• Make learning the language a need instead of a want: You may need to learn it to communicate with a partner, navigate a new country or work a new job, which will help you learn the language faster than just wanting to learn it out of sheer curiosity.
  • Make small changes to help yourself practice: When you’re not engaging with native speakers find other ways of learning, such as changing the language of your phone; cooking your meals with recipes in the language you’re learning; reading and listening to the language in the news, books, the radio, movies and podcasts; and writing out your daily to-do lists in the language. Make sure you’re absorbing the language in some way every day.
  • Write it down: Journal in the language that you’re learning to help you practice without fears of judgement. Plus, writing and rereading the language can help you memorize it.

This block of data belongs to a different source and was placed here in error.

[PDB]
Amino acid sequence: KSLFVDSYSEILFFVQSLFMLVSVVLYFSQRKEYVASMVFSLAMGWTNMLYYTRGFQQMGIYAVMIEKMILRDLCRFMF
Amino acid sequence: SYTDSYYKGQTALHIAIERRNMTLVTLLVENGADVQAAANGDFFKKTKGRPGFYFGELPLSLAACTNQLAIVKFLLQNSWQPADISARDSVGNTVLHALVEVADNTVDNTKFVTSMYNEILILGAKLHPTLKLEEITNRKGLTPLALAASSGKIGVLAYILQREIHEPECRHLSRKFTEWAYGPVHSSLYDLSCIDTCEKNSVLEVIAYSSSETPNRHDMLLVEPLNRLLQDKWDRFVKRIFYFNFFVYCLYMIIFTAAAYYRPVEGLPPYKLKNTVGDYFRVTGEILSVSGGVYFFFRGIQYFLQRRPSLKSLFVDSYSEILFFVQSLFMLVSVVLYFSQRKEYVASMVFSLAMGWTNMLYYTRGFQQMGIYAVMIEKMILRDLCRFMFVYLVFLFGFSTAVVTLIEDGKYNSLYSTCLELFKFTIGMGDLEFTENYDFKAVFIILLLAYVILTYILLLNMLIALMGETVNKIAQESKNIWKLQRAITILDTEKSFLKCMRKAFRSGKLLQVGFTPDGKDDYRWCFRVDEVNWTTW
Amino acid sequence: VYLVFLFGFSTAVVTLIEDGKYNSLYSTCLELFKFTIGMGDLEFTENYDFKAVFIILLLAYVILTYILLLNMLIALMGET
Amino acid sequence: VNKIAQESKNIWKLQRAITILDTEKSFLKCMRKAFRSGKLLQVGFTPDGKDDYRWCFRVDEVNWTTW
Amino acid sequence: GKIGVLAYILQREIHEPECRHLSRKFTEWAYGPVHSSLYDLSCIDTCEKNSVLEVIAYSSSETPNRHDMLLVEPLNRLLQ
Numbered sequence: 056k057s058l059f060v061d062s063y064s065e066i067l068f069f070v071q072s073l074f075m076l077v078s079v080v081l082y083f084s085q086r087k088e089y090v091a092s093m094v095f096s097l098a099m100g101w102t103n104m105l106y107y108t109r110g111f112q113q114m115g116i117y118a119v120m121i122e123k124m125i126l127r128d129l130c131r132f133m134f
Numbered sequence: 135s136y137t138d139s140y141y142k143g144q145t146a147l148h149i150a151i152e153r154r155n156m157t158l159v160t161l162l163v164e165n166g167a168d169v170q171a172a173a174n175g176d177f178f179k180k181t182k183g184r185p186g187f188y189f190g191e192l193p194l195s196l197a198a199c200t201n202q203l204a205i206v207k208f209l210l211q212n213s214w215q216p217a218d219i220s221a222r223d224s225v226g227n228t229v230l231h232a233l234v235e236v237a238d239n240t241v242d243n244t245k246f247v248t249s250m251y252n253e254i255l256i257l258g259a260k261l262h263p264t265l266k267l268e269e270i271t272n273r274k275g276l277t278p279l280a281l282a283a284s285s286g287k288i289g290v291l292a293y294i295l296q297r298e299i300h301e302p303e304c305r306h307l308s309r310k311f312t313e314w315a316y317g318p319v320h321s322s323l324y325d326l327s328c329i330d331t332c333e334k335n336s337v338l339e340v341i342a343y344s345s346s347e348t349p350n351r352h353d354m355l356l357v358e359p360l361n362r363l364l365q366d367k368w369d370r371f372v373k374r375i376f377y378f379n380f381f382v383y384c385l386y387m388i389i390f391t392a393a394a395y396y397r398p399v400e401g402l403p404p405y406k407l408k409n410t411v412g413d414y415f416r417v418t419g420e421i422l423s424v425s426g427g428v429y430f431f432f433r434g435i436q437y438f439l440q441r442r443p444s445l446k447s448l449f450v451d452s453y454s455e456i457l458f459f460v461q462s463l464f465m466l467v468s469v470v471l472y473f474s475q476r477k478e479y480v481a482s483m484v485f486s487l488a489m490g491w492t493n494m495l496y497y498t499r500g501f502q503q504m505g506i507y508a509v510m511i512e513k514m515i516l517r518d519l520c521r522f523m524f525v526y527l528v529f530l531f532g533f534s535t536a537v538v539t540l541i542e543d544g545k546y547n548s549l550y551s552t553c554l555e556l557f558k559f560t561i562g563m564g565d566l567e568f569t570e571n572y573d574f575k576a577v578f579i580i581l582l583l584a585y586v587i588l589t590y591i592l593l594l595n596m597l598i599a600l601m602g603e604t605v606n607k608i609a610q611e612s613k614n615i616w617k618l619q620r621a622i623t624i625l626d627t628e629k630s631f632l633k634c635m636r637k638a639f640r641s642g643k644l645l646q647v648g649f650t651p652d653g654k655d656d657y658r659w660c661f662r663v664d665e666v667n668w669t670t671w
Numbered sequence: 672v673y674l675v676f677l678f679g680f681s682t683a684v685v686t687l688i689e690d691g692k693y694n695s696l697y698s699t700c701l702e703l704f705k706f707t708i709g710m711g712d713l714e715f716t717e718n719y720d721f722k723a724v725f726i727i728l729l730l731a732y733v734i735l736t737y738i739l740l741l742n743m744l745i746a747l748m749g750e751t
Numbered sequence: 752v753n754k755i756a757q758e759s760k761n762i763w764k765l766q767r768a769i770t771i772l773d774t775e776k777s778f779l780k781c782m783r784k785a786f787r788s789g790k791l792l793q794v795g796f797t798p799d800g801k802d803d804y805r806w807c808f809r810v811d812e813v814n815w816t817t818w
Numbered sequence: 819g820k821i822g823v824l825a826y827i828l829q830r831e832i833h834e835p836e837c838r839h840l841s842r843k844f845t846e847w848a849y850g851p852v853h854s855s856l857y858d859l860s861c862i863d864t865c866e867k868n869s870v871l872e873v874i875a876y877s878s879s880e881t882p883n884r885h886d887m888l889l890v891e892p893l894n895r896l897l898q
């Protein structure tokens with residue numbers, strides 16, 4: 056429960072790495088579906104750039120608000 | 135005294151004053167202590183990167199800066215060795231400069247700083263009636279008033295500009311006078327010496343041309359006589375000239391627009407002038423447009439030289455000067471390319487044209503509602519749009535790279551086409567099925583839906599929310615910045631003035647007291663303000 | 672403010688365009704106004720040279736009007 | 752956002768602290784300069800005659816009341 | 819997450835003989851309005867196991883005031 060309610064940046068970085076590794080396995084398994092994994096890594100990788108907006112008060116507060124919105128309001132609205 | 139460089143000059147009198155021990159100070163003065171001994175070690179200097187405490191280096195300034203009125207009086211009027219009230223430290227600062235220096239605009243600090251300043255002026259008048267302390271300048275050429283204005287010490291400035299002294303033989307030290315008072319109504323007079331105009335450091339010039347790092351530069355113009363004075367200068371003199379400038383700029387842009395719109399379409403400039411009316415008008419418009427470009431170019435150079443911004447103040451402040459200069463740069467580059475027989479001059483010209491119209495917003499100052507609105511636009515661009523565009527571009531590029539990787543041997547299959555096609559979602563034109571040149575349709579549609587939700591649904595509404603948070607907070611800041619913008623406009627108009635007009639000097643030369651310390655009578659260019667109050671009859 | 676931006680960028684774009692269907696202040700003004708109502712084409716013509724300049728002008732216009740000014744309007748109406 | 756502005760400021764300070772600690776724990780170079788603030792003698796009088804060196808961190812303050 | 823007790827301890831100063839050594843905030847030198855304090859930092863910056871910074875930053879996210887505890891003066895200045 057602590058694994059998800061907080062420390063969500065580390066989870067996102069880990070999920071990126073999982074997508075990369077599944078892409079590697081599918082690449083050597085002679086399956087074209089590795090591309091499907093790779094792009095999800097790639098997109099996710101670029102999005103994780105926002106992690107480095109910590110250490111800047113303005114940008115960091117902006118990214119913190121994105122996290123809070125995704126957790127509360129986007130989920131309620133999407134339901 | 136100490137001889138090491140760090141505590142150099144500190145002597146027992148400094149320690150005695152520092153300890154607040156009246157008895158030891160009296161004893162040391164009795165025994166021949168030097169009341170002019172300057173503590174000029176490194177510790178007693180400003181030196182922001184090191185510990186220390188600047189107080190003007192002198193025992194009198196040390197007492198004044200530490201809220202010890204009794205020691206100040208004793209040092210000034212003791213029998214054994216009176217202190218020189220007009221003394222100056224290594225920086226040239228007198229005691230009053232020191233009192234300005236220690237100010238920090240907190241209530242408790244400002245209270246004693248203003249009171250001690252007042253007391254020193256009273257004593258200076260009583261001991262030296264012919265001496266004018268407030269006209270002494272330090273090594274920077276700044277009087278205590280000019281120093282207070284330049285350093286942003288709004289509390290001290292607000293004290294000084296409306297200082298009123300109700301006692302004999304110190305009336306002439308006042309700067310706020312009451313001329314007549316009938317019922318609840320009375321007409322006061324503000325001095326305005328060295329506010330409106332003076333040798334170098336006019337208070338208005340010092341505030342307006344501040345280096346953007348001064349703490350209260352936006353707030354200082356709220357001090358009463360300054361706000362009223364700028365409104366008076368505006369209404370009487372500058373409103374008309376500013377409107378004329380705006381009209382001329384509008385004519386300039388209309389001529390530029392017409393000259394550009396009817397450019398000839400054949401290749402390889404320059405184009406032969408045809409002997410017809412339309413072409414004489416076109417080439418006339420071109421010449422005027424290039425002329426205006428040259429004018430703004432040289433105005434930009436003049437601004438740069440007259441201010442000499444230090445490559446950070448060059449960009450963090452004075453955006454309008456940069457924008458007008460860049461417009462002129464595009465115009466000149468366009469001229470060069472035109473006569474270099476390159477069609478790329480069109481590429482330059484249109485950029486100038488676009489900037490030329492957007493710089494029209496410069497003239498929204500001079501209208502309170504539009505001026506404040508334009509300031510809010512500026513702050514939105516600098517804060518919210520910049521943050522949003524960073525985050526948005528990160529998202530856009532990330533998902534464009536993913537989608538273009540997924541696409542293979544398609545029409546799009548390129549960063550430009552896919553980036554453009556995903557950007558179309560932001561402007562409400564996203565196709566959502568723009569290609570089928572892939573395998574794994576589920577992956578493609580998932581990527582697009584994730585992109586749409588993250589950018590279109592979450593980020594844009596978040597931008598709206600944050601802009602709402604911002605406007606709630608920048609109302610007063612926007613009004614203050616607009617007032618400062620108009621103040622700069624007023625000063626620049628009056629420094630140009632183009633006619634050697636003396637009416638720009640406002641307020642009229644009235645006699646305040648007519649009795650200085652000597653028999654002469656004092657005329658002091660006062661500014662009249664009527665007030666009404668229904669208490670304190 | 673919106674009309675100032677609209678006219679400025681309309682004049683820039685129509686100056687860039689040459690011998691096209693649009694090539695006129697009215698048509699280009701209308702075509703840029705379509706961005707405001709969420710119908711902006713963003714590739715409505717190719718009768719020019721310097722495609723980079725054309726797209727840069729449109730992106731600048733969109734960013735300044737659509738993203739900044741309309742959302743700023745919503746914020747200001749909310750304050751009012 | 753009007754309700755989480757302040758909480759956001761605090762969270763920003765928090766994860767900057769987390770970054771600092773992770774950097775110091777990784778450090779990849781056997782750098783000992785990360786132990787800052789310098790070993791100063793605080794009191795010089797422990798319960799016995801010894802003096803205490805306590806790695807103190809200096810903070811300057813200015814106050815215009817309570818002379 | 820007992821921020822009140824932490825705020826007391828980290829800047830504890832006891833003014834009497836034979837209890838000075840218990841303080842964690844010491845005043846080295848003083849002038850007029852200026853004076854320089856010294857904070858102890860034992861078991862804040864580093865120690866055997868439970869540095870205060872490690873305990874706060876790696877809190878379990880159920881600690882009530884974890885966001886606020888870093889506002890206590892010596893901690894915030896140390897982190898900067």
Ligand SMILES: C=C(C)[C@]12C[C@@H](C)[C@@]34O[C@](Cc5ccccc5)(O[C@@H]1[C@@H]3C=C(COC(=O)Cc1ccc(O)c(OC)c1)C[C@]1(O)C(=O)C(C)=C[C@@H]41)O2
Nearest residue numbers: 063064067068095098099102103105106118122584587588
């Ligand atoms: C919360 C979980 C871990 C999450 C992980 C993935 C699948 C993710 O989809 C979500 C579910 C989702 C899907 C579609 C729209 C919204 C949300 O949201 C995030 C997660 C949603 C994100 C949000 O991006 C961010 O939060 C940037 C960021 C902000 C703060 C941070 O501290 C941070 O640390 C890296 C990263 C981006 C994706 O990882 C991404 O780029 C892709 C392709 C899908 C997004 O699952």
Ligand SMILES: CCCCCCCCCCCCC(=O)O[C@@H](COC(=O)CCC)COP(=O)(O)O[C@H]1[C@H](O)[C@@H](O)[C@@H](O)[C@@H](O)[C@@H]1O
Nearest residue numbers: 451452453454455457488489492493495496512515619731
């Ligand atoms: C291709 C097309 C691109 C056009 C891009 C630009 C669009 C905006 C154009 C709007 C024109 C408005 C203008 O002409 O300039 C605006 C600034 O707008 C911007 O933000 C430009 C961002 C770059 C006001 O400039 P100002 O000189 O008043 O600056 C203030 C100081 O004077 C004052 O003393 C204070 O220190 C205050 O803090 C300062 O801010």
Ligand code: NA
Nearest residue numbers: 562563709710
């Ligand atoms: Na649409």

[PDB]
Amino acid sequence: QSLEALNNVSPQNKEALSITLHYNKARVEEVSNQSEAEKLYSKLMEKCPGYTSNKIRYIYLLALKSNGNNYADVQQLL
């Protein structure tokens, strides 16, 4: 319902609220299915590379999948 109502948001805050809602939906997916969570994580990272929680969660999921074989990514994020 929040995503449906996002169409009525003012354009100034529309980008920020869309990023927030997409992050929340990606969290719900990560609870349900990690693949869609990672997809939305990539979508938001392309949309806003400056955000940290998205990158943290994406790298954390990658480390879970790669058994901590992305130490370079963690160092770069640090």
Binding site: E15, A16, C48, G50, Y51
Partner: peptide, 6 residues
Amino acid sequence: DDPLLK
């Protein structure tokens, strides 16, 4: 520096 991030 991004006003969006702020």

Starting early and taking your studies seriously by fully immersing yourself with Rosetta Stone can improve your language skills exponentially. It won’t only help you when you, too, find yourself stranded in the middle of rural China one day (hey, never say never), but it’ll also turn you into a more engaged traveler instead of a cultural bystander.

After all, traveling is more fulfilling when you’re a participant and not a mere witness.”

Learn more about Jeremy

His adventure travel blog, travelFREAK, has taken him to 35+ countries on six continents—he’s hiked glaciers in New Zealand, partied until sunrise on the beaches of Montenegro, taught English in China, conquered the highest bungee jump in the world, traversed Europe by train, and climbed inside the great Pyramids of Giza.

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About the Author Rosetta Stone Team